Maintaining a portfolio

Most job searches require that technical writers produce one or more samples of their writing. Managers and other interviewers rely on such samples to determine the abilities of the applicant. Because nearly every job posting expects a writer to provide a writing sample, a tech writer on the job hunt should have one or more samples ready.

What to include in a portfolio

A portfolio consists of a set of the writer’s best samples of their work. What “best samples” means is entirely subjective on your part. When building out a portfolio, include samples of writing that:

  • you are exceptionally proud of.
  • demonstrate a particular skill.
  • validate domain knowledge in a particular area.
  • showcase your understanding of good technical writing technique.

Hiring managers and interviewers are pressed for time like anyone else. Long pieces are unlikely to be read in their entirety. Include the best sections that really showcase your skills and abilities.

You can include links to published documents you contributed to. Include disclaimers where appropriate, as content you do not own or host on your own site may change or be removed at any time.

Include a short description of each piece that talks about your process for creating it. Even for samples you create on your own, overview who you would expect to involve in creating the doc. Would you talk to product managers, engineers, QA? Would you involve reviewers or editors? Talk about your process for writing your samples.

Make sure you craft your portfolio to target the type of role(s) you want. It is perfectly okay to have multiple portfolios for different types of jobs.

  • When applying to editing roles, having before and after samples of work you edited would be beneficial.
  • If applying to information architecture roles, provide examples showing good practices for tables of contents and knowledge management.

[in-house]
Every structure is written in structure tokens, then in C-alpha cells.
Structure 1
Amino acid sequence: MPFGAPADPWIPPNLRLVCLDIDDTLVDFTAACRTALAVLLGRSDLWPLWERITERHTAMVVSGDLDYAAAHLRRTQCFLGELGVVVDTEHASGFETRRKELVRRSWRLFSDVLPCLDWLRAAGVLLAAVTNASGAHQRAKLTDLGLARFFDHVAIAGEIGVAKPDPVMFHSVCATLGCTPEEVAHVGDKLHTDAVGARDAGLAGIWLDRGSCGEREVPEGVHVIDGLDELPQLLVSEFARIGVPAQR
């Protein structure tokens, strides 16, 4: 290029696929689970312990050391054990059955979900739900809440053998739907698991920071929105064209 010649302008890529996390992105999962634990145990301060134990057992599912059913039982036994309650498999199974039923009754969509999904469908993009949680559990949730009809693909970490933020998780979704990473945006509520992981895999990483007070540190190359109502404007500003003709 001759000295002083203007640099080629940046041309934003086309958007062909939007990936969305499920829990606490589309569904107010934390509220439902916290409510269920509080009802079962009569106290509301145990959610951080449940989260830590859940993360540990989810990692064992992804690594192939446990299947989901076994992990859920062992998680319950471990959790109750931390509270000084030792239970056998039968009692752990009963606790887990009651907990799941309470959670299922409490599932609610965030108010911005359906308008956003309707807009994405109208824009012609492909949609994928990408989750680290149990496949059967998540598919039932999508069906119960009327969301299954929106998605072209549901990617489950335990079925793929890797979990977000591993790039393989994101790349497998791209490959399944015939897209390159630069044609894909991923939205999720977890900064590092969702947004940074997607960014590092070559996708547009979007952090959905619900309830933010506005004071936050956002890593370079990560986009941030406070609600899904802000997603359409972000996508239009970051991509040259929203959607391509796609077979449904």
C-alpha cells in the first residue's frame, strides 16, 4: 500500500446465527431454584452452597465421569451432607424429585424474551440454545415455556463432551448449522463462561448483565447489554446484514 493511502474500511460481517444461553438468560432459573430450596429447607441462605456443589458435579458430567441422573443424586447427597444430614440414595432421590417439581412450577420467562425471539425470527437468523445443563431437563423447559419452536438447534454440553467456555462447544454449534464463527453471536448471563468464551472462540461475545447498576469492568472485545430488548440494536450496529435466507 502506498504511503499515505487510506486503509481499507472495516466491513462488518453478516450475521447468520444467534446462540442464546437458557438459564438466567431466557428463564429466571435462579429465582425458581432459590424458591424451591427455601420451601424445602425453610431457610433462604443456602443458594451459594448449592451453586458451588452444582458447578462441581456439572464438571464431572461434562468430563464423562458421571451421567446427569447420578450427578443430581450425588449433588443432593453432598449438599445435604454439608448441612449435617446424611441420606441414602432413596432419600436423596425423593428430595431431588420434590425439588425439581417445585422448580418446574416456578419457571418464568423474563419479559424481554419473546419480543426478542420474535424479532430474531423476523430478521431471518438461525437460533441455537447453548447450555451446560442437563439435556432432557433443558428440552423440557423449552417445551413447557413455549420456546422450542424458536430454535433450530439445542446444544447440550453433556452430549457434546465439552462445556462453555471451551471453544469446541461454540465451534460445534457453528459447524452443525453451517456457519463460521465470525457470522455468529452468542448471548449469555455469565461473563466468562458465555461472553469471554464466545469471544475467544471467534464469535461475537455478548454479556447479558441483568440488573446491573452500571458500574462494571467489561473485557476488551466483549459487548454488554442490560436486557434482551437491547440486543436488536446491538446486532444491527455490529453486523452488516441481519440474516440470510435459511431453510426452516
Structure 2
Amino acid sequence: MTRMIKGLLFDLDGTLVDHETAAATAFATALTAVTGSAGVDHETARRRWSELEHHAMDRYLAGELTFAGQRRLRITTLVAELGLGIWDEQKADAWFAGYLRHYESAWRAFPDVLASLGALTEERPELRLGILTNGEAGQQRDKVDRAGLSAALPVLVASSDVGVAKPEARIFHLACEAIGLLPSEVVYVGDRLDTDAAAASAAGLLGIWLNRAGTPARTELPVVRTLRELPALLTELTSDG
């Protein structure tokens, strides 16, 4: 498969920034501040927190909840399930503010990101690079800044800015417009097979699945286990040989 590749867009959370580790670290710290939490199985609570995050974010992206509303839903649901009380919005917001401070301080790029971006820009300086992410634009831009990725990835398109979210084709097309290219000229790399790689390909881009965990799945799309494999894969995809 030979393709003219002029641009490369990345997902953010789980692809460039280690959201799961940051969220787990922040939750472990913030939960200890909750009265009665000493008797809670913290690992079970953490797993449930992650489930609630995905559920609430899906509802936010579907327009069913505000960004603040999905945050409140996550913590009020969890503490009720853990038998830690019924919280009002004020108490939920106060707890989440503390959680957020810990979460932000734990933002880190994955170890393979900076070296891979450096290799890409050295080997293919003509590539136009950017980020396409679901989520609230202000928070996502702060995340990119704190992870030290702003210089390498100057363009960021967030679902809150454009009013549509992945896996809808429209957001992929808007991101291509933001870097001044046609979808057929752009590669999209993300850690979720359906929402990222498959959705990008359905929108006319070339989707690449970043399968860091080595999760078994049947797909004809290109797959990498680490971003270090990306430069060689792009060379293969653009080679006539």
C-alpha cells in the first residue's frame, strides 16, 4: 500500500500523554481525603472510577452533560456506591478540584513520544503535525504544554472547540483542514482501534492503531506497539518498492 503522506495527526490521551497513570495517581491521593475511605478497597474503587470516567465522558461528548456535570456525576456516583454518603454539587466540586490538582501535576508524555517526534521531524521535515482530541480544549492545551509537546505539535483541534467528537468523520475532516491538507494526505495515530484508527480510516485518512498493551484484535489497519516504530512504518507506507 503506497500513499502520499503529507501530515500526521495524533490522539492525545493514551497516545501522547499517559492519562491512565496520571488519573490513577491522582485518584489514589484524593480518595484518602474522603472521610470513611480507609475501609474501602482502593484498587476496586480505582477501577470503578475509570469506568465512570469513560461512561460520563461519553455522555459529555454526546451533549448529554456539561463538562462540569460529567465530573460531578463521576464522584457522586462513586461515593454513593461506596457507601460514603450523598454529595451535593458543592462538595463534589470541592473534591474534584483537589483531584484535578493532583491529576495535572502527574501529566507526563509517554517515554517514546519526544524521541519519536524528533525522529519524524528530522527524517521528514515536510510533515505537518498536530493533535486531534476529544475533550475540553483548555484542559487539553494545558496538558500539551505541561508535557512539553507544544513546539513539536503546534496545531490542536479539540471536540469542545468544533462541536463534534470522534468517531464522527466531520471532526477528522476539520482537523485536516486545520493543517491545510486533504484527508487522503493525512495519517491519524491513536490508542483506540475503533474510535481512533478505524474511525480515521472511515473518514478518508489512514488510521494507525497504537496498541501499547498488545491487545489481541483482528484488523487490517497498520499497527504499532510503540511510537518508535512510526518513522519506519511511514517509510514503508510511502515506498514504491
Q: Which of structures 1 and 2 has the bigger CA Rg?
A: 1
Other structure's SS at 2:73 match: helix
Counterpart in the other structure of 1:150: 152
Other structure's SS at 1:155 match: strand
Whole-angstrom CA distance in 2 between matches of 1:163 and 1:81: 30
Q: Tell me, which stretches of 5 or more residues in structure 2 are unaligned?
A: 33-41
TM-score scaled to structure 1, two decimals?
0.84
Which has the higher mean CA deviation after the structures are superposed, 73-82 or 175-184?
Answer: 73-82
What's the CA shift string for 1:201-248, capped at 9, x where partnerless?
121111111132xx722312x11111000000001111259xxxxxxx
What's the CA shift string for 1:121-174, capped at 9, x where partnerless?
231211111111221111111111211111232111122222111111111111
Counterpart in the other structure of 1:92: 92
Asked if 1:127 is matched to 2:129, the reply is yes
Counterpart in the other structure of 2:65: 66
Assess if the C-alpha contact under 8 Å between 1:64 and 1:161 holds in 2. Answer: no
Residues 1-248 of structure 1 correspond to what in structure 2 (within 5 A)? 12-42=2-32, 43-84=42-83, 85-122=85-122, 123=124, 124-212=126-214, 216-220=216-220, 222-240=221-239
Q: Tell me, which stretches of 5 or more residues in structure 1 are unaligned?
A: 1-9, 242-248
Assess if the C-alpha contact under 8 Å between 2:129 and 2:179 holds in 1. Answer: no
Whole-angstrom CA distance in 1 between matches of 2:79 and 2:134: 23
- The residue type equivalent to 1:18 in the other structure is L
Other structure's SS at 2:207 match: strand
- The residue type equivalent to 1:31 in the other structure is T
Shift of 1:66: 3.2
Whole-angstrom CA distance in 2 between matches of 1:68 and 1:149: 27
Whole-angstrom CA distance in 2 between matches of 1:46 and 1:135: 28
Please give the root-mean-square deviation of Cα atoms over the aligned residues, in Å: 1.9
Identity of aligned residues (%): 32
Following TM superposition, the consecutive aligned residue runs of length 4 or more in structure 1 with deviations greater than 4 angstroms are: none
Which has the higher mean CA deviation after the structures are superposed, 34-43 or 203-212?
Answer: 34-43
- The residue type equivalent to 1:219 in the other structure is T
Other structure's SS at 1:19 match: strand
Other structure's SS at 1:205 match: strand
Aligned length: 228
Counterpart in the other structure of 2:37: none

• For API documentation roles, the portfolio should demonstrate knowledge of HTTP request types, responses, and standards like OpenAPI.
  • For manufacturing, include design drawings.
  • When applying for senior or lead technical writer roles, include samples that show your project management and leadership skills.

What not to include in a portfolio

Never include writing that you do not have the rights to. Remember, when you write for someone else in a job, they own what you produce, not you.

If there is a sample you wrote while working, ask your employer (or whoever owns it) if you can use it. Make sure you receive explicit permission in writing from someone with the authority to give you permission to use it. Abide by any restrictions they may have, such as scrubbing sensitive information or branding.

Never include real or sensitive information about you or others. Do not include passwords, URLs, trade secrets, unreleased features, personal information, or other such items.

Avoid including long samples, as those reviewing portfolios are unlikely to read them.

Writing samples when you don’t have permission to use real work

Most employers understand that work-related materials cannot be shared. After all, they do not want you to share the work you do with them, either.

So what should you do instead? Create your own content not related to your current or past jobs.

  • Document a tool or software that you use regularly
  • Write out a “how to” for defeating the first boss of your favorite game
  • Create a “how to” for an open source tool